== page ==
Phone hacking trial: Rebekah Brooks ‘phoned NOTW about missing schoolgirl’

Court hears how Ms Brooks rarely switched off her mobile during a holiday to Dubai at the height of the hunt for Milly Dowler

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The Independent Online

Rebekah Brooks, the former chief executive of Rupert Murdoch’s UK print business, preferred to “keep on top of things” and rarely switched off her phone during a holiday to Dubai at the height of the hunt for Milly Dowler, the Old Bailey heard.

Dean Keyworth, an interior designer and friend of the ex-News of the World editor Andy Coulson since their teenage years, told the court that he met Ms Brooks in Dubai during the preparation period for the 14 April 2002 edition of the NOTW which carried details that had been hacked from the mobile phone of the murdered schoolgirl.

Mr Keyworth was in Dubai with a friend when he met Ms Brooks and her then partner Ross Kemp, the EastEnders actor. The designer said that he had previously met Ms Brooks at parties hosted by Mr Coulson at his home.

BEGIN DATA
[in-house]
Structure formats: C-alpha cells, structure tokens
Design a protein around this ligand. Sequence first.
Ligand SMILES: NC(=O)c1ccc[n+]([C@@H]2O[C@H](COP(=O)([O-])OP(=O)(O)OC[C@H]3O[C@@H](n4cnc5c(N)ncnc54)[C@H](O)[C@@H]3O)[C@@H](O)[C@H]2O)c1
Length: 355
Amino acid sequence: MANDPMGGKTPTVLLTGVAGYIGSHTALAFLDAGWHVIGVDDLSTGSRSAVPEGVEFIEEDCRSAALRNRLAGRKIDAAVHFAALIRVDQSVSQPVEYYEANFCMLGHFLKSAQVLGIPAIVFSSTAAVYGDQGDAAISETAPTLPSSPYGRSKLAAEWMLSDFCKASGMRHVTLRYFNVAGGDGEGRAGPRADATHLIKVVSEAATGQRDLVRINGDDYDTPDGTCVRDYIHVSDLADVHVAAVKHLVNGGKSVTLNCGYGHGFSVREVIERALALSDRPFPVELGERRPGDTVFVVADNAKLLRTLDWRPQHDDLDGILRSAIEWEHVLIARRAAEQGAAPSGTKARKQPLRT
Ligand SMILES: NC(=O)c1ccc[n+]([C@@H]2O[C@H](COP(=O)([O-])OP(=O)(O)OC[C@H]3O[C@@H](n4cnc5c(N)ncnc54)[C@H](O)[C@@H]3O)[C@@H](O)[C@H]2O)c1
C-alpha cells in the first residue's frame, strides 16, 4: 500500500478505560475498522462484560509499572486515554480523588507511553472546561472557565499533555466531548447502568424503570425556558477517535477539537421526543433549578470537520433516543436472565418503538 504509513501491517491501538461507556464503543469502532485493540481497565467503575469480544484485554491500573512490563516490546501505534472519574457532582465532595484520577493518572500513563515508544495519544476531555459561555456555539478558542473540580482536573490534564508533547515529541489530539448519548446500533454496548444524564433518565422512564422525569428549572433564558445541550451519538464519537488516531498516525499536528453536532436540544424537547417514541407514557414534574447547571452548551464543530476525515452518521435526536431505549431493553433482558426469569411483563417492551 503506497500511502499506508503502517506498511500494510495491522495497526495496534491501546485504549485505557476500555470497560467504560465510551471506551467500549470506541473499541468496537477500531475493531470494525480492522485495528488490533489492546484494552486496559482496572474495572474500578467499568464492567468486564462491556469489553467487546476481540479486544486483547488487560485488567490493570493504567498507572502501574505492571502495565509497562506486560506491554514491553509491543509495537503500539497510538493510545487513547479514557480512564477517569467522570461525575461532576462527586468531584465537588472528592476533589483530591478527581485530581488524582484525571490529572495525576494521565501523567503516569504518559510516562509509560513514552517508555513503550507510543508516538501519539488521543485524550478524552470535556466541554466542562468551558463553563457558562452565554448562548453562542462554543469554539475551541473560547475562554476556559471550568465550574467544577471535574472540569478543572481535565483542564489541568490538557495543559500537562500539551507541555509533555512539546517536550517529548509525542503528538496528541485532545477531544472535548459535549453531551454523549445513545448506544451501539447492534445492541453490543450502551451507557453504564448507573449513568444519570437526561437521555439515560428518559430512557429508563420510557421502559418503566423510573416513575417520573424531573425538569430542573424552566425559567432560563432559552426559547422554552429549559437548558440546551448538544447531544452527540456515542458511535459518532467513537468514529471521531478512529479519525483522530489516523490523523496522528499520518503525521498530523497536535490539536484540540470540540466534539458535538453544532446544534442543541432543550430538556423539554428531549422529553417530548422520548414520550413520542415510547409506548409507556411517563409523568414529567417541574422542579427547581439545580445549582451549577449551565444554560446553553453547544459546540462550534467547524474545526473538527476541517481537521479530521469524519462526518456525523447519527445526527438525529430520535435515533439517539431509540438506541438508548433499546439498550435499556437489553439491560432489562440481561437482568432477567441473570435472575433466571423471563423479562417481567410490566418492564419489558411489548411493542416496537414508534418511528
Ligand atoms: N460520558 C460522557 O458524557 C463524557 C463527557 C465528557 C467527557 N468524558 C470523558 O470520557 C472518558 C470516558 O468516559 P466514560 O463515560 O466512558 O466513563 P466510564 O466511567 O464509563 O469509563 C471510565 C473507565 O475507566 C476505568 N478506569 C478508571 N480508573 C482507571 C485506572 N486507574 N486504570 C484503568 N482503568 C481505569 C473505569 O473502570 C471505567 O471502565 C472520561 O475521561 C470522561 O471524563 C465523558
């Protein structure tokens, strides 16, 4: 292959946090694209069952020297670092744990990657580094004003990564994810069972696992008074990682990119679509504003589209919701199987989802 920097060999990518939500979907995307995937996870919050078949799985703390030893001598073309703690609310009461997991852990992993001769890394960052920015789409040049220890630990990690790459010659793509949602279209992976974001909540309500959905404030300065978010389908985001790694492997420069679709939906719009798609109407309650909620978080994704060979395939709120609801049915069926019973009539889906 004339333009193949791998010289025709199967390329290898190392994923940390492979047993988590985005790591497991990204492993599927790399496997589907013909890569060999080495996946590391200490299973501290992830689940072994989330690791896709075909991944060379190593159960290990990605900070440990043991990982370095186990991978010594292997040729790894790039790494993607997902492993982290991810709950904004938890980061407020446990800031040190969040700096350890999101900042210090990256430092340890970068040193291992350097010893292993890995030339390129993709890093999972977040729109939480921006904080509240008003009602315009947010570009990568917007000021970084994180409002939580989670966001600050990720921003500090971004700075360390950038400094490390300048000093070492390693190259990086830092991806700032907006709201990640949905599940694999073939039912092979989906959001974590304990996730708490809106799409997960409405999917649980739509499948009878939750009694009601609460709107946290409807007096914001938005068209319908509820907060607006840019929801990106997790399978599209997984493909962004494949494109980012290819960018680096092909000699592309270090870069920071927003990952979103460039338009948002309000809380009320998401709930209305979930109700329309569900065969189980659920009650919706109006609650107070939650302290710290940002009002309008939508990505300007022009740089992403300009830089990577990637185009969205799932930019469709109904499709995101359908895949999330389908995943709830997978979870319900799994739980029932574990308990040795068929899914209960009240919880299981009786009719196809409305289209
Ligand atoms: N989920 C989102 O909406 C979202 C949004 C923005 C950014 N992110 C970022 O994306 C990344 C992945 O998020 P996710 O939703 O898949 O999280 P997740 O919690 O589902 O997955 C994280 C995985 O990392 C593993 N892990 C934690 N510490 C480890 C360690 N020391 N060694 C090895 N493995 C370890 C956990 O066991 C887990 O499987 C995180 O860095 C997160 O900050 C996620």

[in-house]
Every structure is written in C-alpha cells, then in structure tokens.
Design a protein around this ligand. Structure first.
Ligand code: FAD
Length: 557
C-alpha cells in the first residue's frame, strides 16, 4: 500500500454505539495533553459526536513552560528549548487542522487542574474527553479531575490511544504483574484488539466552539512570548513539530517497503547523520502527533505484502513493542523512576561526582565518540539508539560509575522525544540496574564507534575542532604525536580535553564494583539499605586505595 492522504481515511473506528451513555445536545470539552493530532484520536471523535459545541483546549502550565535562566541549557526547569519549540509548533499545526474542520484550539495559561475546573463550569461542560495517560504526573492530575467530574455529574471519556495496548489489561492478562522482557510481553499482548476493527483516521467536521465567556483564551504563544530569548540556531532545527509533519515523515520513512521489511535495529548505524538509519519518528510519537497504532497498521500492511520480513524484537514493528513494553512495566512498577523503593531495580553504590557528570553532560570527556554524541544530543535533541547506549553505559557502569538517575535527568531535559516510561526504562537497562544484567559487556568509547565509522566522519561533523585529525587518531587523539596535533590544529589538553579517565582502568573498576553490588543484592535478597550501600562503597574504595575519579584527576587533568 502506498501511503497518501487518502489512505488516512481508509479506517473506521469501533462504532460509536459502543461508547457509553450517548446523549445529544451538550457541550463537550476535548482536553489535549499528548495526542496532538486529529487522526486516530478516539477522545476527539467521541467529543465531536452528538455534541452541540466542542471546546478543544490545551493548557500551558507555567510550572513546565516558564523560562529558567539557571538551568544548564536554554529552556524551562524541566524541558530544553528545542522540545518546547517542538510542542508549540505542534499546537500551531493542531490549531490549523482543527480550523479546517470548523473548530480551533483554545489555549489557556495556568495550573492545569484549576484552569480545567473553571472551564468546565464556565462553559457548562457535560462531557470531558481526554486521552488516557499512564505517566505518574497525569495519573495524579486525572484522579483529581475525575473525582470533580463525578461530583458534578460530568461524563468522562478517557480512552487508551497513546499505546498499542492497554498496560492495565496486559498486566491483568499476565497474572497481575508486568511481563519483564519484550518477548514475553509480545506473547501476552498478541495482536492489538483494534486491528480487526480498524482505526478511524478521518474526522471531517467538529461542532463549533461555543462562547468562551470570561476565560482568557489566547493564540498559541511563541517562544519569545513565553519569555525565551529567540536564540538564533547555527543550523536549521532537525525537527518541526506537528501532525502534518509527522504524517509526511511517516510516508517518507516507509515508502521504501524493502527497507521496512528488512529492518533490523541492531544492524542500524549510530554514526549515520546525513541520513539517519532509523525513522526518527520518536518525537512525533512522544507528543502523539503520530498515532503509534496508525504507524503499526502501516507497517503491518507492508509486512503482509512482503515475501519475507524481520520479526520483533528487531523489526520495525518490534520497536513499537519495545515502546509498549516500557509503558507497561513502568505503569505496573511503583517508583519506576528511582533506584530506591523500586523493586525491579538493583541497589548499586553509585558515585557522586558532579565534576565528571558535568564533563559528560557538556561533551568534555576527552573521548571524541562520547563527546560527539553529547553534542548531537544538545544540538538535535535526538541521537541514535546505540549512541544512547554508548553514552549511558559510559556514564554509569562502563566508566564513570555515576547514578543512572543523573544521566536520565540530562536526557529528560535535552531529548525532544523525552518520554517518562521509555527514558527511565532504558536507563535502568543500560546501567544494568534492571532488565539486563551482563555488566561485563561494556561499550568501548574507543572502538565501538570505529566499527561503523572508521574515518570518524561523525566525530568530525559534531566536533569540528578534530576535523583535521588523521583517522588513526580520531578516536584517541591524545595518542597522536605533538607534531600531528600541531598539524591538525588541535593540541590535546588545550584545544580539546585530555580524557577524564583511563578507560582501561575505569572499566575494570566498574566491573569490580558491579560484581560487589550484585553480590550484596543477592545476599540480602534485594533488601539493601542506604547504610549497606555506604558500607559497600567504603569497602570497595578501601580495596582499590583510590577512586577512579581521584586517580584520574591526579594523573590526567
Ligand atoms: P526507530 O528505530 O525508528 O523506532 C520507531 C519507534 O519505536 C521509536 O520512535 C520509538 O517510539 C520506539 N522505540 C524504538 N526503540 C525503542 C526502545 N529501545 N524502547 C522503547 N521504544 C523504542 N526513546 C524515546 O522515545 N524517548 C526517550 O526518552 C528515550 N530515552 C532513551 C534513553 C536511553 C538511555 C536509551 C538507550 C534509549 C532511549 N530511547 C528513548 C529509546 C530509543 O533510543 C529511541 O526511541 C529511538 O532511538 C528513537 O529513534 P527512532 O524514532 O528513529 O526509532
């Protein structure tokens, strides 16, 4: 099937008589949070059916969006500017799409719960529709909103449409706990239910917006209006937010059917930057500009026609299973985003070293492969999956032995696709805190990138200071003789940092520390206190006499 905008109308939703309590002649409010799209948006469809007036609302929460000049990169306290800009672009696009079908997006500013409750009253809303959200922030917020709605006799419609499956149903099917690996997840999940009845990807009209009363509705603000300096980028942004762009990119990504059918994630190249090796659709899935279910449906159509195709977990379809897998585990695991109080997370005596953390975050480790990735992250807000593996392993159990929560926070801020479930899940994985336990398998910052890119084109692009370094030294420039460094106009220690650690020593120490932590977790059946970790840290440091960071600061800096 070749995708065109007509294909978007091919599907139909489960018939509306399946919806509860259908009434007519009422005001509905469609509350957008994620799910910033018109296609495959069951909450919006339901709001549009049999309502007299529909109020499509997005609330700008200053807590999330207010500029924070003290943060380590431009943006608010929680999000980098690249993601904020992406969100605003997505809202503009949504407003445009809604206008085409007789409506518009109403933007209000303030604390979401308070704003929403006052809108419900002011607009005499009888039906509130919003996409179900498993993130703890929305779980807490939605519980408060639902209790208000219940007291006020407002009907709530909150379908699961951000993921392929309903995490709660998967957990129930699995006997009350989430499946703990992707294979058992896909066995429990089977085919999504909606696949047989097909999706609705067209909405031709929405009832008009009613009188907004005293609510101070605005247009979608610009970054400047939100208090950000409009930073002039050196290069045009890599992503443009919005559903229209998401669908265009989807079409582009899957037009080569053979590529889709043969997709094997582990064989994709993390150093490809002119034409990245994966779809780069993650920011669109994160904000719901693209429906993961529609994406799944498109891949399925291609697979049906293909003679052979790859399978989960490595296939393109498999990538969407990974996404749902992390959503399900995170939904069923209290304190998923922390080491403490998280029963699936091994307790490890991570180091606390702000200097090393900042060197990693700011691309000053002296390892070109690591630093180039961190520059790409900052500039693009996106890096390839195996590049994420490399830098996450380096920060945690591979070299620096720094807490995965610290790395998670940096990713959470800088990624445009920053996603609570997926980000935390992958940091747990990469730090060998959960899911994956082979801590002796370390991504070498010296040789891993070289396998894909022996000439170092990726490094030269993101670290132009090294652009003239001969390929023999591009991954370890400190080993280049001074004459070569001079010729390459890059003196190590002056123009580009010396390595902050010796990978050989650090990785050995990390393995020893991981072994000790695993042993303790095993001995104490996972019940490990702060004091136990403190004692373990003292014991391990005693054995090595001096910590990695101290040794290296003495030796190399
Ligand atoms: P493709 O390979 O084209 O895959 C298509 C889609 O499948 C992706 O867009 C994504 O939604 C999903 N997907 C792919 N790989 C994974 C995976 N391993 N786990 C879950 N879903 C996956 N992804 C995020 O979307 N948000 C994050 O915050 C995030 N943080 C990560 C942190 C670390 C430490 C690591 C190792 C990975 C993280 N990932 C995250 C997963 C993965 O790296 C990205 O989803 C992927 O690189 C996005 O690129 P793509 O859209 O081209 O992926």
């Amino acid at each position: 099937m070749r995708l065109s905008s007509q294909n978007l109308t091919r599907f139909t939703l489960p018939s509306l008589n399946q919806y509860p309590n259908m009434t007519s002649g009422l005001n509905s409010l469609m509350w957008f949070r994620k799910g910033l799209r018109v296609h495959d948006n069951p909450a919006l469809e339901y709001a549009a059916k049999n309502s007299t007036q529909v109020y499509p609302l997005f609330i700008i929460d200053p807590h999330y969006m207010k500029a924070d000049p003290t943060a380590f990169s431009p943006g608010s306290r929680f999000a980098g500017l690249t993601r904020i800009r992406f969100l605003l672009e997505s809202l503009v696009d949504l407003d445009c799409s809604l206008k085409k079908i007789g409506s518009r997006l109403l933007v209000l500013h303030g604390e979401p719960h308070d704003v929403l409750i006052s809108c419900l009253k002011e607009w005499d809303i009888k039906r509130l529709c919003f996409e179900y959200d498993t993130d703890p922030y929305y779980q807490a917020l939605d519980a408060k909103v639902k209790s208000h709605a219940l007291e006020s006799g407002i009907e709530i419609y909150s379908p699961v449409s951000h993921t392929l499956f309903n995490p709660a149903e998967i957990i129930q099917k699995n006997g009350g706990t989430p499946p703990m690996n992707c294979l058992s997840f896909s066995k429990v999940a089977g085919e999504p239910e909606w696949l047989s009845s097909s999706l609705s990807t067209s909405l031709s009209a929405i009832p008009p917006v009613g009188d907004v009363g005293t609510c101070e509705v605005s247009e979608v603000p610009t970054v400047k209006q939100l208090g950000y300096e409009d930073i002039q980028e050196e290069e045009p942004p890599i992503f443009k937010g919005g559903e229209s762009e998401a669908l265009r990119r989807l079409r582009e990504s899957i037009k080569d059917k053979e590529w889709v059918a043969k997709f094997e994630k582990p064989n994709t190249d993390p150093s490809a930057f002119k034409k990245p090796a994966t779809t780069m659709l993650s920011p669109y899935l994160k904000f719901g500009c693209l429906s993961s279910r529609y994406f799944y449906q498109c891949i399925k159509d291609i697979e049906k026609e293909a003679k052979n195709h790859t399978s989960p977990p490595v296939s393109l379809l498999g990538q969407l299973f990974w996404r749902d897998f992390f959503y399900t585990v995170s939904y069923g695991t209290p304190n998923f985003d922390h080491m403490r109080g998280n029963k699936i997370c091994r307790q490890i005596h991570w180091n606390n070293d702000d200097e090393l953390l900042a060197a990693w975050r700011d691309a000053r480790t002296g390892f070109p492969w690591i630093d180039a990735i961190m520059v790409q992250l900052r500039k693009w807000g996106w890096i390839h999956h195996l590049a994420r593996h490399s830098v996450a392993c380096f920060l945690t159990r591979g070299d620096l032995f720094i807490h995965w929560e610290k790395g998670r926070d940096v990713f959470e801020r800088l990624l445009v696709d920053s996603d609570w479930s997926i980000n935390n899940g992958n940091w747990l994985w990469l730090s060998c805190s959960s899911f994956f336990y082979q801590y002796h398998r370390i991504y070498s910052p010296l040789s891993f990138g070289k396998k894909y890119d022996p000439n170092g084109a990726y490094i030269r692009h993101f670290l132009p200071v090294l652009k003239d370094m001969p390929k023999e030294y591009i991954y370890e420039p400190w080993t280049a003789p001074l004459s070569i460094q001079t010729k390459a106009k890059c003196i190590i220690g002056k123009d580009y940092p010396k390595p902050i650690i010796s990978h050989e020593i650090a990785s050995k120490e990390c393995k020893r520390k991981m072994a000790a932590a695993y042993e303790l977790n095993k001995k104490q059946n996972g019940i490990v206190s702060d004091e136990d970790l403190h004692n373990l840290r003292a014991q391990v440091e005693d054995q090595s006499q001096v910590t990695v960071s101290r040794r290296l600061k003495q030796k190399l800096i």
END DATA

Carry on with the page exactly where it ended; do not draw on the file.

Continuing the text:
Having arranged a hotel suite upgrade for Ms Brooks and Mr Kemp, Mr Keyworth said that he and his travelling companion met the couple in a nightclub for drinks, and later for lunch by the hotel pool. He told the jury that Ms Brooks had been on her mobile phone to work “quite a lot”  during her holiday.

William Hennessey, Mr Keyworth’s friend, had earlier told the court that he remembered Ms Brooks walking away from the pool saying she had to leave and discuss details with her newspaper about a “missing Surrey schoolgirl”.

However Mr Keyworth said the only thing that “stuck out” about his  conversations with the couple was talking to Mr Kemp about EastEnders.

Mr Coulson, Ms Brooks and six others are charged with varying offences that include conspiracy illegally to access voicemails, perverting the course of justice and bribery of public officials. All eight deny the charges.

Mr Coulson’s barrister, Timothy Langdale QC, questioned Mr Keyworth about Mr Coulson’s character and their friendship.

The jury heard that Mr Coulson was a “loyal friend” who stuck with those he had known even after he had become a high-profile media figure. Mr Keyworth said “He was very ambitious, but I do not think he was ruthless. [He] always seemed to have a very pragmatic approach to things, wanted to get good stories in the paper – but I do not think at any cost.”

The trial continues.